Anyone in the audience who failed to notice “Bean,” in the Best in Show ring from the last two Westminster Kennel Club shows was either in a coma, or at the concession stand. The Sussex Spaniel thrived on the energy of the audience, and the more he performed his signature, “sitting-on-his-hind-legs-with-his-front-paws-in-the-air” move, the more the crowd responded. It was a love affair between the audience and Bean (start at the 4:30 mark):
Experienced fanciers, however, noticed something else about Bean, and that was his adherence to the breed standard. A long body with short legs and a round, deep chest produced a dog that moves with a rolling gait, but in no way is this a clumsy breed. Coordinated and with purpose, a Sussex moves out freely and with power. As a hunting dog, he needs all of the above to easily penetrate dense brush to flush game, often on the heavy clay and dirt of Sussex County where his breed was originally bred.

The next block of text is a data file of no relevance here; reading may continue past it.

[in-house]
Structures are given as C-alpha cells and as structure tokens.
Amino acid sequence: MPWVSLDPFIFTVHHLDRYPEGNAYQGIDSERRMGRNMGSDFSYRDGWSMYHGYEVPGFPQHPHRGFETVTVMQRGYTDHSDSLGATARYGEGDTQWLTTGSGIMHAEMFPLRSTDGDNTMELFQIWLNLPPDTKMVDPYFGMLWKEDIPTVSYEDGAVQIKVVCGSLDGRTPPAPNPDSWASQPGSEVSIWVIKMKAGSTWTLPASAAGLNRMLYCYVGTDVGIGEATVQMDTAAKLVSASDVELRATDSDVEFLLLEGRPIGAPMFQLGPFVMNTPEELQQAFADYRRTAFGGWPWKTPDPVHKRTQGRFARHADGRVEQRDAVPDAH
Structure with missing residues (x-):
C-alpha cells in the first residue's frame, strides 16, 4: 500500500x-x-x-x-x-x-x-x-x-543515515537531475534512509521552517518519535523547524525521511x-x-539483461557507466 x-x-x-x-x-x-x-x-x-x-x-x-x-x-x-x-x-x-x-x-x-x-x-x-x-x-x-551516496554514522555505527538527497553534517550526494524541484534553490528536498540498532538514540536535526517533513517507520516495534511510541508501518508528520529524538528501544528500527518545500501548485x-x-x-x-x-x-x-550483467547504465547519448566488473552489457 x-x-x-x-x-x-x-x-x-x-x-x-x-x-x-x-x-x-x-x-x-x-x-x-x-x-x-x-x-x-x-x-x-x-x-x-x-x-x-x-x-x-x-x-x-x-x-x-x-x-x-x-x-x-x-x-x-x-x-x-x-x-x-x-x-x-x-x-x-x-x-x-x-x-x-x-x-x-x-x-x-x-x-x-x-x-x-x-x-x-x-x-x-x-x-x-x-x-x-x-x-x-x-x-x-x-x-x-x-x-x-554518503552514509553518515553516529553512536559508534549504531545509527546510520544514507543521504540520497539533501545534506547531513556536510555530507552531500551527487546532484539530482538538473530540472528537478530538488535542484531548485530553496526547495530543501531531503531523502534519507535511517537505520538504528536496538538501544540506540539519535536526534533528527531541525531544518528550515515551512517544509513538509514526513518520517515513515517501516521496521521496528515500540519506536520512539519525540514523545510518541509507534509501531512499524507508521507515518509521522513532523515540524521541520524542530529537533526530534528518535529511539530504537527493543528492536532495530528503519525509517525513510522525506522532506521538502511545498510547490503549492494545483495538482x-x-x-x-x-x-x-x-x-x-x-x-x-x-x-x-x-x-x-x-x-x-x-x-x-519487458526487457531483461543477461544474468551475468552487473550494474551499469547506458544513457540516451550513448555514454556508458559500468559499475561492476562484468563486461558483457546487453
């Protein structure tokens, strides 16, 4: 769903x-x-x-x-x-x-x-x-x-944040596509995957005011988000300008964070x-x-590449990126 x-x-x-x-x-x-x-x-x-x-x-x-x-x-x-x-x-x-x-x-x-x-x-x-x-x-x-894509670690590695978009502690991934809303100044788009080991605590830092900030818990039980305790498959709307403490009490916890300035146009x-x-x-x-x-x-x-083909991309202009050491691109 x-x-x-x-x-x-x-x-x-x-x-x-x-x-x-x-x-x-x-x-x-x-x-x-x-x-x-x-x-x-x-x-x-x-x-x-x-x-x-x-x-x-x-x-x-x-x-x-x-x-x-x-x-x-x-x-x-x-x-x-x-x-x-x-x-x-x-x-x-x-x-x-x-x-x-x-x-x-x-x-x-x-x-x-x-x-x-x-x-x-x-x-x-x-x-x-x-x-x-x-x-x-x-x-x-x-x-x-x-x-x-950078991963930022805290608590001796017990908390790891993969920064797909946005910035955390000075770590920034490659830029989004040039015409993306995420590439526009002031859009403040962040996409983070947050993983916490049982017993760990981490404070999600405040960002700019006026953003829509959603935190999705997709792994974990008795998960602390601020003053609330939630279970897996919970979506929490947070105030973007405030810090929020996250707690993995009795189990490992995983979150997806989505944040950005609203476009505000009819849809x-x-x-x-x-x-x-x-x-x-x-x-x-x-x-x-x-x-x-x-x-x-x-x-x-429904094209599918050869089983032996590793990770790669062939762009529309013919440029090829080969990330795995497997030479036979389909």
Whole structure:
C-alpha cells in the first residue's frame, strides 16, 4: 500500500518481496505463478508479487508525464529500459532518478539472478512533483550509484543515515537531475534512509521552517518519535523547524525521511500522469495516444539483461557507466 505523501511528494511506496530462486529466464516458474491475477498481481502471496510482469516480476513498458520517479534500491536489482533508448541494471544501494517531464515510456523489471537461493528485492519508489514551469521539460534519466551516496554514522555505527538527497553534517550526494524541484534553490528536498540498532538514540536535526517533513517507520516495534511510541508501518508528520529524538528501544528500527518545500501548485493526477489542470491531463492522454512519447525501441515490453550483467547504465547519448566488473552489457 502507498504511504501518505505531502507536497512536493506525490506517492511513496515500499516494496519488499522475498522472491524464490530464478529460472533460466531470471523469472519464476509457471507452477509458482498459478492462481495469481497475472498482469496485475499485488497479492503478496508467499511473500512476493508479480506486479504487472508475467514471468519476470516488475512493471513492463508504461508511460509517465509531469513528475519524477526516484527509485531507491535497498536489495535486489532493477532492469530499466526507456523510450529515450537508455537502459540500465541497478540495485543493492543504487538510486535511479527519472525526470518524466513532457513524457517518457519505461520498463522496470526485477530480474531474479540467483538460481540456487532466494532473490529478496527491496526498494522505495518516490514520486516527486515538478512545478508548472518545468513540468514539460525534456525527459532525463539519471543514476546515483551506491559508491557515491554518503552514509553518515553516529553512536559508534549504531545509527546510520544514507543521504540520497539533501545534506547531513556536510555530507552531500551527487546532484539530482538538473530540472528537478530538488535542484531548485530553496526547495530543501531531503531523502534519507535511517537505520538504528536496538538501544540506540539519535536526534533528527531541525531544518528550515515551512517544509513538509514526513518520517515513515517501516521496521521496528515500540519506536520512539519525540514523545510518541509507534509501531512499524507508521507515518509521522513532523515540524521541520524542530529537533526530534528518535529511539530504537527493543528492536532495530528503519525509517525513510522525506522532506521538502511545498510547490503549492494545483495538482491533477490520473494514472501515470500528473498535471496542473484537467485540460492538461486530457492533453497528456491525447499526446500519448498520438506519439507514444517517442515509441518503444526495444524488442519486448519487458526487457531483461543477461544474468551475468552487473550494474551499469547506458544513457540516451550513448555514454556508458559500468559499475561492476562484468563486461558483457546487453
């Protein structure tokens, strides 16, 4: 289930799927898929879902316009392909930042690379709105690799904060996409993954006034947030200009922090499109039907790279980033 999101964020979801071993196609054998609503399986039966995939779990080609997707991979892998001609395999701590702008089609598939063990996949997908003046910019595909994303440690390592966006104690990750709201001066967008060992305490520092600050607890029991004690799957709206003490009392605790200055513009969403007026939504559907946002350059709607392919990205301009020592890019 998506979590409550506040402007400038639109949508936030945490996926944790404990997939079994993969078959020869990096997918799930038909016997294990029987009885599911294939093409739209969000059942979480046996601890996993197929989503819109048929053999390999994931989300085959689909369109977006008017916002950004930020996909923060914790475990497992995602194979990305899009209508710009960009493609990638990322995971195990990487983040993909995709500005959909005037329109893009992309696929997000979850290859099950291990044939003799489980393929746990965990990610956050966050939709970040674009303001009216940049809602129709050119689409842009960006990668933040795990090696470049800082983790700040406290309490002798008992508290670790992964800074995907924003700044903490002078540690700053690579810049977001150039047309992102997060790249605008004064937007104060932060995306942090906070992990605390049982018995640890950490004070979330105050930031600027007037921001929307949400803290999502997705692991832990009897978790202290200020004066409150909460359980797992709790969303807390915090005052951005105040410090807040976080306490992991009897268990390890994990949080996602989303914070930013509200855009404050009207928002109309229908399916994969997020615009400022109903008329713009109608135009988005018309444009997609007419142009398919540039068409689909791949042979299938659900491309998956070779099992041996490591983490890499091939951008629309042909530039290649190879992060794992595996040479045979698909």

But wait, we can’t overlook that tail!
In his European compilation of dog breeds, Baron c. Bylandt wrote that the Sussex possessed beau mouvement de la queue, or beautiful tail movement. Bean did a nice job of illustrating the point, and of promoting a wonderful breed that, sadly, is listed as a “Vulnerable Native Breed” by the Kennel Club of Great Britain, and has been since 2004. Only 34 dogs were registered with the Kennel Club last year (2018).
Did we mention that Bean’s grandsire is “Stump,” Best in Show winner at Westminster in 2009, and the oldest dog to have ever done so?
Image: Sussex Spaniel created from 10 to 20 individually hand cut pieces of paper, in a variety of colors and patterns, then combined in layers and mounted on color stock by
Patricia Peters – CanineCutUpsiah